Expecting The Unexpected

Pregnancy isn’t anything new. Women have been pregnant for thousands and thousands of years. In all that time, people have collected all this data that is supposed to help the pregnant woman know what to expect while they are expecting their beautiful babies.

There are countless books written, blogs, interviews and studies. At this point, it would be safe to say that almost all the information about pregnancy should be out there and readily available. Yet, even with all this information, there were still things that crept up on me and took me by surprise.

Women saying they ‘just knew’ they were pregnant is pretty accurate for some. 

When I had first heard this, I mentally rolled my eyes and thought ‘Okay’. However, when I did get pregnant I felt somehow different almost right away. I had this pressure in the pit of my stomach, and was more tired than I had ever been in my whole life. This was after just a week or so of conceiving. Some will say ‘That’s way too early, it had to all be in your head’. Hey, I’ve lived through it and I think we all know our bodies enough to be able to say when we can feel something different.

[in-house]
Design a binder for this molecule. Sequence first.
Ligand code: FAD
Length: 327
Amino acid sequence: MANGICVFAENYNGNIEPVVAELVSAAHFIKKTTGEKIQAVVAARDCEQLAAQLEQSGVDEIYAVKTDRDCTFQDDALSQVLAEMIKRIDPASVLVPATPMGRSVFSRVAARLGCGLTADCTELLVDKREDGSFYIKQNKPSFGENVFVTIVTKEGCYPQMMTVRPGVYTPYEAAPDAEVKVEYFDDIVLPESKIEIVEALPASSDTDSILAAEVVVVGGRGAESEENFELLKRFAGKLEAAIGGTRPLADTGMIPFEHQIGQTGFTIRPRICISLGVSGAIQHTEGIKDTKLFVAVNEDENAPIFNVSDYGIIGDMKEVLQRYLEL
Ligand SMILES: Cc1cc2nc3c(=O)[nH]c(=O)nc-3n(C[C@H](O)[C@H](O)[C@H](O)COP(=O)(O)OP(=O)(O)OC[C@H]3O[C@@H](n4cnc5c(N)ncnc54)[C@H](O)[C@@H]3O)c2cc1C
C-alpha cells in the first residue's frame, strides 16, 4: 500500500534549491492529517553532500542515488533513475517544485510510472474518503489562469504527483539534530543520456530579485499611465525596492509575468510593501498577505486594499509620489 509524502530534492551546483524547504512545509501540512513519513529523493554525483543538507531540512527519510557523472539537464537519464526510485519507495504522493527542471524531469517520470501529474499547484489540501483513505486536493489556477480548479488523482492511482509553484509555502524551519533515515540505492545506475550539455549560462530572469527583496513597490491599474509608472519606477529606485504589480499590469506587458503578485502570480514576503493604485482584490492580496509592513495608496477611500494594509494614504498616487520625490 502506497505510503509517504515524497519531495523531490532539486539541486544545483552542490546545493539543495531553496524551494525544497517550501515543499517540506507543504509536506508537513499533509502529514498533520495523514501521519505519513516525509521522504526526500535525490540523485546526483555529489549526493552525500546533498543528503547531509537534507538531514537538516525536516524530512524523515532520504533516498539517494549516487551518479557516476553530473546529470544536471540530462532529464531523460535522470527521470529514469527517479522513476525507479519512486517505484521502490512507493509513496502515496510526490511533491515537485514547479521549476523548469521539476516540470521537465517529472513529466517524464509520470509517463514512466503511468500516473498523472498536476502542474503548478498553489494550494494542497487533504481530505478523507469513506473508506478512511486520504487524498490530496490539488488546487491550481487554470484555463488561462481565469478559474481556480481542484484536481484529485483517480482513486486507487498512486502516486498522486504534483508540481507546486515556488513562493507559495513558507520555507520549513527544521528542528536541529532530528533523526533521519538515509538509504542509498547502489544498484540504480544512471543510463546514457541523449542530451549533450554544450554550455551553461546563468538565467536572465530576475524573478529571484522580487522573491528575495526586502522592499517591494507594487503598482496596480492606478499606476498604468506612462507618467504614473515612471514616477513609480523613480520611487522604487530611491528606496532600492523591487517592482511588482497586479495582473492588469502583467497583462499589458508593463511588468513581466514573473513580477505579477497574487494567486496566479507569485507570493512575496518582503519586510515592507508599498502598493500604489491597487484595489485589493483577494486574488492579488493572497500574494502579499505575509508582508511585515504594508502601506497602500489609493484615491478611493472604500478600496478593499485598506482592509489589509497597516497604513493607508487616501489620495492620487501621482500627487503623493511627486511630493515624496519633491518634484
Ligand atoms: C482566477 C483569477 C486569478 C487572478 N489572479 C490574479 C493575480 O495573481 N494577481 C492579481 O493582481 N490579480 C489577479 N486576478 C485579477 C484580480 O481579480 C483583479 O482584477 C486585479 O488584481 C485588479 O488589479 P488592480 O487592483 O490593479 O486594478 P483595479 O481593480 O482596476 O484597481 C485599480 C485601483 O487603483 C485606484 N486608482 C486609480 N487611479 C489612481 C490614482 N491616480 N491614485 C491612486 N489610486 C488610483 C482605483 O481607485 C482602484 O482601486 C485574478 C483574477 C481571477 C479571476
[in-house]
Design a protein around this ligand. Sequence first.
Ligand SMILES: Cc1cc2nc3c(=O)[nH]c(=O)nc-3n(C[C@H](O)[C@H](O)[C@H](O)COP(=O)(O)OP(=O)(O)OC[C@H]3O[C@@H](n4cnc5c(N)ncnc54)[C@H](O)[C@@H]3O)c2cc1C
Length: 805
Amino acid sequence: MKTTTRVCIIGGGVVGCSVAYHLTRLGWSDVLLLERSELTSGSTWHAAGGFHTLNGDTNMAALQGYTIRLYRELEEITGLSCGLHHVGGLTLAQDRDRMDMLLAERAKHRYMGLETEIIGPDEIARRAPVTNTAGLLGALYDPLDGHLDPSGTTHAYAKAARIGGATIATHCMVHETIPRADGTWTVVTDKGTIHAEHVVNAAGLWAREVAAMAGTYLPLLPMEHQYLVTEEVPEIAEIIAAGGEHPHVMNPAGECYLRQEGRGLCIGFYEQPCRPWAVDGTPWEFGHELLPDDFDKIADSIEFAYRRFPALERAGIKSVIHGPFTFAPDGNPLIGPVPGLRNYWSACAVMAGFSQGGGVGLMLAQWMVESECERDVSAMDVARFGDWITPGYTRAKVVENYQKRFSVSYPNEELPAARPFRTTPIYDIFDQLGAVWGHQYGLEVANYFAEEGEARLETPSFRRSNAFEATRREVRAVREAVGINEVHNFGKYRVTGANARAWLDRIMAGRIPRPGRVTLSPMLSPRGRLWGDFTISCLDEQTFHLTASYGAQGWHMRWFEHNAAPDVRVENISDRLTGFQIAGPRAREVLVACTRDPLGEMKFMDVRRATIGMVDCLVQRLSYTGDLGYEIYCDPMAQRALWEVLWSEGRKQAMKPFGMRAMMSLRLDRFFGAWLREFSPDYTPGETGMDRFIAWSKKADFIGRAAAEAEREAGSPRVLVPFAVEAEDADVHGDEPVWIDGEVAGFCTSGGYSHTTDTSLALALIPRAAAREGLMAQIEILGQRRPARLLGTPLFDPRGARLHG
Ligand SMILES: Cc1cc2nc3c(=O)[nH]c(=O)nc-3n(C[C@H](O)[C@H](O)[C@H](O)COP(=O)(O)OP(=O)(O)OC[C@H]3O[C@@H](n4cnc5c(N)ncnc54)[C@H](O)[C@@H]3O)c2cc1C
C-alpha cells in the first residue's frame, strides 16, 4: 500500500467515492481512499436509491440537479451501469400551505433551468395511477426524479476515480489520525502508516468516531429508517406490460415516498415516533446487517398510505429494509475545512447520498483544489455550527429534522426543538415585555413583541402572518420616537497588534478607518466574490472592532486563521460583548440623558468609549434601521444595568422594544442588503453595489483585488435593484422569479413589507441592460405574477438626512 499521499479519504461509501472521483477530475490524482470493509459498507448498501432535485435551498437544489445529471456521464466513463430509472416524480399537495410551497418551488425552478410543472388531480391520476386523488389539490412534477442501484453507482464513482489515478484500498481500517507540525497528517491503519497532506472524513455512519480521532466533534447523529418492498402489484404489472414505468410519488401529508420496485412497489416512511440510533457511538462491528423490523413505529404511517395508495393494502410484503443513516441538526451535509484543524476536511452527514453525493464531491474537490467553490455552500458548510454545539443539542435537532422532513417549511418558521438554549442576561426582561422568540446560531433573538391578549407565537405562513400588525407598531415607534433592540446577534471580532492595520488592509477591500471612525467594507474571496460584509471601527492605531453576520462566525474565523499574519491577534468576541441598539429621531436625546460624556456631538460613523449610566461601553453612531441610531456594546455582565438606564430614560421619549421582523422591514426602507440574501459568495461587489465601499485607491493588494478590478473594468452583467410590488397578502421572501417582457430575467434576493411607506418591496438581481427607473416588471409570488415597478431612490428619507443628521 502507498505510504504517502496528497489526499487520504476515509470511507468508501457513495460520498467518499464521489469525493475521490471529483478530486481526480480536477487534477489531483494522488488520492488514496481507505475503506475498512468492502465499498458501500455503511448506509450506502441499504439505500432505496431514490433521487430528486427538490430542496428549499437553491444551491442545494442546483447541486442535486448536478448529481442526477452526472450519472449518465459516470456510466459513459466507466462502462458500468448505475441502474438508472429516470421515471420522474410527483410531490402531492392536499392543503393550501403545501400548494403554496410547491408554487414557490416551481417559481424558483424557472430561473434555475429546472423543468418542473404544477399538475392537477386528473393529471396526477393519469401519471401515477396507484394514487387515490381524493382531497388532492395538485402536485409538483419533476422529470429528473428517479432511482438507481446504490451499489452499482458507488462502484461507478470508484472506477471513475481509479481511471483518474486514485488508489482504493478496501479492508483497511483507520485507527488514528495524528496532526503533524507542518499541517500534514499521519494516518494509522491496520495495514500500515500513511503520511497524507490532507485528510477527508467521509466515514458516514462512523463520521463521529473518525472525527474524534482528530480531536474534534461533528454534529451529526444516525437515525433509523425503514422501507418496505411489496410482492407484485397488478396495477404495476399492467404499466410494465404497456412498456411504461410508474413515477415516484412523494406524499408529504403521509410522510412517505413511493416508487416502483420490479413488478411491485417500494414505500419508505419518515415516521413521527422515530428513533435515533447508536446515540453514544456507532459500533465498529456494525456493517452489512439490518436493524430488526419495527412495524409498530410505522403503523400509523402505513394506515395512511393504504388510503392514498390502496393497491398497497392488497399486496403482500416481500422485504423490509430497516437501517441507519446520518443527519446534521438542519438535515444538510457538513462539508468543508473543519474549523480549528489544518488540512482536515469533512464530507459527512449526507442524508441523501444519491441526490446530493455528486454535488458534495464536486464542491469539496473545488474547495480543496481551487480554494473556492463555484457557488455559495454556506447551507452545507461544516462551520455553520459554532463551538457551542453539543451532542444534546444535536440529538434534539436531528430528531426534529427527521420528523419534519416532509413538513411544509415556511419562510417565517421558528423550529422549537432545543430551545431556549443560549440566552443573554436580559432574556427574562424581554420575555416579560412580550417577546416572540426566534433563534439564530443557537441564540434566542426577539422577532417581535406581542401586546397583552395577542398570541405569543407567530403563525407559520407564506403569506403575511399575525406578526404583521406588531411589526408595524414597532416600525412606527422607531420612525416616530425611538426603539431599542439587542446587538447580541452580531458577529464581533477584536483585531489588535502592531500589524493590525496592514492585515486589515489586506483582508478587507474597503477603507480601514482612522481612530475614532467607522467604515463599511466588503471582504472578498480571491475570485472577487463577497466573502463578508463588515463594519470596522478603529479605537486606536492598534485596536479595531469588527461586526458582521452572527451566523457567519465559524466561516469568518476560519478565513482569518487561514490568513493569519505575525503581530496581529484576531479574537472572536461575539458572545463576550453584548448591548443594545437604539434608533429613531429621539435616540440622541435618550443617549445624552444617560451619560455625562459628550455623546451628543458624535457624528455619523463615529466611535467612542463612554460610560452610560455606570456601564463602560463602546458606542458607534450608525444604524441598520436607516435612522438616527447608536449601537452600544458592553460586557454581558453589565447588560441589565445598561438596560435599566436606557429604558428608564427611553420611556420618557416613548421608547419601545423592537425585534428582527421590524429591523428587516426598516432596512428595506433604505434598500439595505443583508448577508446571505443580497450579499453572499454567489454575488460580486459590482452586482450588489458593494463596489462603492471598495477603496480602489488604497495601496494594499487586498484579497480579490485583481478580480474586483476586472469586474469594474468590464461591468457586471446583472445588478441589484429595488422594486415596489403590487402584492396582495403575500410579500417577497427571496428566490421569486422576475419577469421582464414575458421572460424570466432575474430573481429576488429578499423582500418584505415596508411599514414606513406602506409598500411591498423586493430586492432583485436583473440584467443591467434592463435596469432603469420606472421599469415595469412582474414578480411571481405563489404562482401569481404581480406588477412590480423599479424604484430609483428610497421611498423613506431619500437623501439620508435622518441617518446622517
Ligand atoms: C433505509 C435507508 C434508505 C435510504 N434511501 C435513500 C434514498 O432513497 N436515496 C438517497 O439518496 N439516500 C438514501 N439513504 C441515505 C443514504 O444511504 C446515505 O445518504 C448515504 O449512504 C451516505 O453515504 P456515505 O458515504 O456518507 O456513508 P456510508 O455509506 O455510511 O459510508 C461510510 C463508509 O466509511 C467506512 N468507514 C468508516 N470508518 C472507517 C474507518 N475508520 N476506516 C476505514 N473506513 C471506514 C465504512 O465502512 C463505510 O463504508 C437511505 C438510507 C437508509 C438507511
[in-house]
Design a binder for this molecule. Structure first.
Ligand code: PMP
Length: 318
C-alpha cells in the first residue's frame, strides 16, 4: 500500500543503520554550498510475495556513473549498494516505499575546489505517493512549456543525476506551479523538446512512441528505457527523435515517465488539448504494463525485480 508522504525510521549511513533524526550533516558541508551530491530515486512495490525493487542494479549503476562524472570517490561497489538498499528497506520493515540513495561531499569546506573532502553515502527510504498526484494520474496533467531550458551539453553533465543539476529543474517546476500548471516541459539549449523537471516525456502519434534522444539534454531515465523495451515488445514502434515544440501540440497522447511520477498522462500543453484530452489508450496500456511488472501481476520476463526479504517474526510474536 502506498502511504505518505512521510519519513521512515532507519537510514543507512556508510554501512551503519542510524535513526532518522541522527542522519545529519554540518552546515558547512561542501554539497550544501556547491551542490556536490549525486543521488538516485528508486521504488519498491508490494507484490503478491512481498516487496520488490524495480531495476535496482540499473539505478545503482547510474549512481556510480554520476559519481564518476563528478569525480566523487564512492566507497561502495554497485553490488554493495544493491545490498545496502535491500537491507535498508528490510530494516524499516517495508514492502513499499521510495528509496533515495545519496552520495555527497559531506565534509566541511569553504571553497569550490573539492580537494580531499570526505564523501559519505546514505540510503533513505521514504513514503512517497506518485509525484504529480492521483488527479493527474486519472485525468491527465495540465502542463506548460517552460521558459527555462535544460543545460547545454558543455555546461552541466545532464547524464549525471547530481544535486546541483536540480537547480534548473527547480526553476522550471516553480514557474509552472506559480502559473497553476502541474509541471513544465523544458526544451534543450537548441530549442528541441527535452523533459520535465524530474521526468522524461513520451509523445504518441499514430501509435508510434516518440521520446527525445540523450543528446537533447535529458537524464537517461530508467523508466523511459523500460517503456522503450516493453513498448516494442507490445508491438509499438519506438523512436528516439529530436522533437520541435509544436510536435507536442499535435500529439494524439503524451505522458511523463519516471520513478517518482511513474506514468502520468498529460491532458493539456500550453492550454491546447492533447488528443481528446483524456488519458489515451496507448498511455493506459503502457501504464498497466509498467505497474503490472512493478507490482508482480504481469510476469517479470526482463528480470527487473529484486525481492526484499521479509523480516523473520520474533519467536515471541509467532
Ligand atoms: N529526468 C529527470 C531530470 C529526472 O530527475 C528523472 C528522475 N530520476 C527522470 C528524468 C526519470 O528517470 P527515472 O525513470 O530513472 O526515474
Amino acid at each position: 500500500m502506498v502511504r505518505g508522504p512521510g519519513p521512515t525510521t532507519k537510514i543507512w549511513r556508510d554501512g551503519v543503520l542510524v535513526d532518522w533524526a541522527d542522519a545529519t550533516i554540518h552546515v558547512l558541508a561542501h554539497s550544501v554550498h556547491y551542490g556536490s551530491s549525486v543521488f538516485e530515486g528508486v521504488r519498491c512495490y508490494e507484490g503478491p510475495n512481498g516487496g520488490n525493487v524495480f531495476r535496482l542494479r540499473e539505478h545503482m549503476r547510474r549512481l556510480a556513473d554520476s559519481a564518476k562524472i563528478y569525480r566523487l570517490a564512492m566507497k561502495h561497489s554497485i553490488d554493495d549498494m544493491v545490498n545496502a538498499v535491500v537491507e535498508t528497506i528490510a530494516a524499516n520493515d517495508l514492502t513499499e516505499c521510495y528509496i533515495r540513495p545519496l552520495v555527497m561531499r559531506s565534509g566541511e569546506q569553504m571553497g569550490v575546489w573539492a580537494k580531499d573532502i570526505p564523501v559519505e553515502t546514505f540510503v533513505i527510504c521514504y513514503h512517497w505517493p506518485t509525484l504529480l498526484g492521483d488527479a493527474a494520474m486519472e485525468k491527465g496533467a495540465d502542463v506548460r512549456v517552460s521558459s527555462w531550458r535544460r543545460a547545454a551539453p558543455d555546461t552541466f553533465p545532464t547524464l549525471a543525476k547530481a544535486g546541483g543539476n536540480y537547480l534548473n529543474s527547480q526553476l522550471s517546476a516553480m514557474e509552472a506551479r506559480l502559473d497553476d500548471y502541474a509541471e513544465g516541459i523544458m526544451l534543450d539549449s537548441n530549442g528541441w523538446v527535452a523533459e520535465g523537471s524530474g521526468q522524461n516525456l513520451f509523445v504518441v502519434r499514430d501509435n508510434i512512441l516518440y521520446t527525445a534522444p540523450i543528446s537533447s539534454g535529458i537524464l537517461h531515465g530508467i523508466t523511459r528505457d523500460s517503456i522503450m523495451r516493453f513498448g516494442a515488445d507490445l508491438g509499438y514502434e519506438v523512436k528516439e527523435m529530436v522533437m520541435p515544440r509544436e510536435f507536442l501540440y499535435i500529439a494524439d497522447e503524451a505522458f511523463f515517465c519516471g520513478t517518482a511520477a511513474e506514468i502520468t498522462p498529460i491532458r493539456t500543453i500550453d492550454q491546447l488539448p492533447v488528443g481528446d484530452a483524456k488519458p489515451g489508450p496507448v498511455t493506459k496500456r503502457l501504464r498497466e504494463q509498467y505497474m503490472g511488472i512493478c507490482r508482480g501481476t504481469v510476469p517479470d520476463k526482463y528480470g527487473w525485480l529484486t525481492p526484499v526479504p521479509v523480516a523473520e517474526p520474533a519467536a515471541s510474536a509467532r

The amount of vaginal discharge is unreal and starts as soon as a few weeks after conception. 

This was probably one of my earliest symptoms. There were times in the day where I would get this rush of fluid that pretty much soaked through the crotch of my underwear and I would think to myself ‘What the hell? Did I just pee myself?‘.

Any change that seems dramatic is enough to make you question what’s normal. What I am learning about being a woman is there is no such thing as normal. Charles Addams said it best when he said; ‘What is normal for the spider is chaos for the fly.’ Every woman is different in countless ways, so it’s so hard to compare.

As far as discharge goes, as long as it’s consistent, not an odd colour, and doesn’t have an odour, I think it is pretty safe to say all is normal. Itching and discomfort is also another telltale sign that something is amiss. Basically, the volume would likely have changed during pregnancy, but that should be the only change in your discharge.

Going poo will become as uncomfortable as getting teeth pulled without anesthesia. 

If you are like me and constipation hits you like a ton of bricks, you can find yourself actually dreading the feeling of having to go to the bathroom. It will take long, it will be extremely uncomfortable, and you may get a hemmroid or two to reward you for your efforts. I wish this was something that was discussed during my first doctors appointment. It would have been helpful to know just how backed up I could potentially get and what would have been safe to take as opposed to waiting until it was already an issue.

Restoralax seemed to be the most helpful but you have to add it to your diet and it is not an instant fix. I did some at breakfast mixed in with milk every three days during my late second trimester and just continued with that routine.

During your first pregnancy, it will take a while for you to ‘pop’.